Mark Richardson is a former Black Cap and current columnist for the Herald on Sunday

Mark Richardson: Top team now clear

Jacob Oram in action. Photo / Christine Cornege
Jacob Oram in action. Photo / Christine Cornege

If there was one major positive that came out of the lost and rotated six-game ODI series against Pakistan, it was that the identity of our best XI is pretty clear.

It is: Martin Guptill, Brendon McCullum, Jesse Ryder, Ross Taylor, Scott Styris, James Franklin, Nathan McCullum, Daniel Vettori, Kyle Mills, Tim Southee and Hamish Bennett.

The only name I hesitated on was Bennett. It was between him and Jacob Oram for that third seamer's spot. While I have tremendous trust in Oram's bowling, I felt there is enough hitting power in the team's lower order and Bennett provides variation with his aggression and wicket-taking ability as opposed to containment. His method provides Vettori with some late-middle over aggression.

I'm still confident that this team possesses enough ability to do well at the World Cup. What also makes me confident is that there is some trustworthy quality on the bench.

I'm not convinced by Jamie How nor Kane Williamson just yet, so losing top order players could prove devastating.

However, in Luke Woodcock, there is adequate cover should Vettori or Nathan McCullum go down. In Oram, there is bowling cover for all three seamers and some late order firepower.

But if the top order do not fire, the World Cup will be a flop. The selection issue for me is what order they play in. Brendon McCullum, Guptill and Ryder are all capable of opening or batting at first drop. If McCullum returns to the top, it would be tempting to reunite him with Ryder but I would not.

Guptill must open. He played well in the Pakistan series and opening carries a different mentality from first drop. Ryder belted a brilliant century in the final game at three, so leave him there. He will also start well and aggressively against spin and, if the top two do their job, he may have to start against the slower bowlers. So in by default goes McCullum to one.

Many wanted Taylor at three but that is not possible and it didn't work out in the lead-up. He stays at four. It's not like he isn't accustomed to that anyway.

Styris was wonderful at six in Auckland but he bats five for me. Five can be a difficult position. Styris is our most all-round player, hard-nosed, great at pacing an innings and experienced. He is the ideal five.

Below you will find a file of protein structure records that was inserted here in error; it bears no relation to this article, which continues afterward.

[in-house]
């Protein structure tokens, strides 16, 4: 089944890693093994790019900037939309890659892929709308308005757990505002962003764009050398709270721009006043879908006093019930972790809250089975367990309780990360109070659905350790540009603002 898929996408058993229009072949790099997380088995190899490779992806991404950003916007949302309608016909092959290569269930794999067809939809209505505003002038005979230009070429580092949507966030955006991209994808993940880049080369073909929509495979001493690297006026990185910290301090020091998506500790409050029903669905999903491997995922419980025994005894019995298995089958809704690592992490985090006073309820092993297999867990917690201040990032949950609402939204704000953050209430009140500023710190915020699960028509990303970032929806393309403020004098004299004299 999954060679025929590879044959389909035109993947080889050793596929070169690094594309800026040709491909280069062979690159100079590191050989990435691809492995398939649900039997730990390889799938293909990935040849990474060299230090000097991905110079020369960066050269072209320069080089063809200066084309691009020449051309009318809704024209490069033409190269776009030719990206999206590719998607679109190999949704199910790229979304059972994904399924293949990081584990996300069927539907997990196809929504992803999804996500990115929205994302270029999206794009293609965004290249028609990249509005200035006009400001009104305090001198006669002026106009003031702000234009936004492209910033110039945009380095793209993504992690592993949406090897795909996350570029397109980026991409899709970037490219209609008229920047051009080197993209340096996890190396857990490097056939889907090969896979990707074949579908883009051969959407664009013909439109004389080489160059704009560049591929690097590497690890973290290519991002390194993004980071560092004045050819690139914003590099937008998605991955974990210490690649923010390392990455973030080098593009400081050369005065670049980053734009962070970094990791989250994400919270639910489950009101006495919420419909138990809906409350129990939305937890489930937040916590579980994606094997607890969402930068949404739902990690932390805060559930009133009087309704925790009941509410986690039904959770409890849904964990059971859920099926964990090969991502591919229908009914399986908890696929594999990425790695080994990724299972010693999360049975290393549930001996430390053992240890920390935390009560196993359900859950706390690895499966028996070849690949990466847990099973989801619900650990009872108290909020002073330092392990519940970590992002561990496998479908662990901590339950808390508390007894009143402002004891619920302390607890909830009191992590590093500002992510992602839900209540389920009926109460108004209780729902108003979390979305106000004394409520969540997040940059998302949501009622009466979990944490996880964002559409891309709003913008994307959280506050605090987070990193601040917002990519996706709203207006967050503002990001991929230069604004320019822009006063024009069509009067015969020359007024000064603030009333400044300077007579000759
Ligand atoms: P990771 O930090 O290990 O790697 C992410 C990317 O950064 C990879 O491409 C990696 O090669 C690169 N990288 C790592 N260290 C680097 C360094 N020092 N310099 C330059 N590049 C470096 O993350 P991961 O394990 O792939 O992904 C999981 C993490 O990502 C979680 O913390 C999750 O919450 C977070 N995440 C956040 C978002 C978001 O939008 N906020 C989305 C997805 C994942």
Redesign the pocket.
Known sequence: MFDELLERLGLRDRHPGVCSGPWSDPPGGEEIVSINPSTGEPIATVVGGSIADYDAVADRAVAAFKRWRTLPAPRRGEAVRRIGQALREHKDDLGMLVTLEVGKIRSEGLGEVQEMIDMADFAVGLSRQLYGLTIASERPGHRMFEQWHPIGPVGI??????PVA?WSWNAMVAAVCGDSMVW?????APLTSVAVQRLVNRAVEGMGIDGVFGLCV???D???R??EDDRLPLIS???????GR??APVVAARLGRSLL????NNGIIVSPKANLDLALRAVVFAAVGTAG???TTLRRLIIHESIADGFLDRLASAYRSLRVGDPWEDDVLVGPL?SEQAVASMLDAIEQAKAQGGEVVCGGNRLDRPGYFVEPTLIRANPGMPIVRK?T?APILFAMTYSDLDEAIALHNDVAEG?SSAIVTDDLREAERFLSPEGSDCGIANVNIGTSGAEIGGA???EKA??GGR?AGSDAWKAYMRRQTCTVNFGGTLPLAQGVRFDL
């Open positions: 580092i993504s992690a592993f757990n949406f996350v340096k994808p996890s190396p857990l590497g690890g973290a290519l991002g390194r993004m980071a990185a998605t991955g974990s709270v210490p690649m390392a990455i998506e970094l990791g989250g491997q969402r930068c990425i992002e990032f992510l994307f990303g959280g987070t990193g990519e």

That leaves Franklin at six. Franklin has shown a cool head in crisis. He can adapt to a situation like four down for not many, bat time and accelerate late. He also has effortless striking ability if he must finish an innings.

In my team, I bat Nathan McCullum ahead of Vettori at seven. This would never happen in a test but McCullum has begun to prove an effective player with bat in hand and I want to give him every opportunity to get himself in before playing those inventive shots of his.

- Herald on Sunday

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Mark Richardson is a former Black Cap and current columnist for the Herald on Sunday

Mark Hunter Richardson represented New Zealand in 38 Tests from 2000-2004 racking up an impressive 2,776 runs with an average of 44.7. The former Black Cap began his cricketing career as a left-arm spinner but soon realised that his talents lay with the bat. The transition from ball to bat was seamless and Richardson soon made his international debut against Zimbabwe at the age of 29. Known as a stalwart opener, Richardson’s intelligent style of hard-grind batting came at the perfect time for New Zealand cricket and provided much-needed stability for the Black Caps. Apart from being an excellent opening batsman, Mark Richardson was well-known among fans and team mates for his humorous off-pitch antics and friendly interactions with the famous Beige Brigade, with whom he formed a strong relationship. An excellent cricketer with a personable quality, Richardson once remarked that his retiring first-class average was only different to that of Sir Donald Bradman by a decimal point. Mark Richardson retired from all forms of the game in 2004 and continues to write an insightful, thought-provoking column for the New Zealand Herald.

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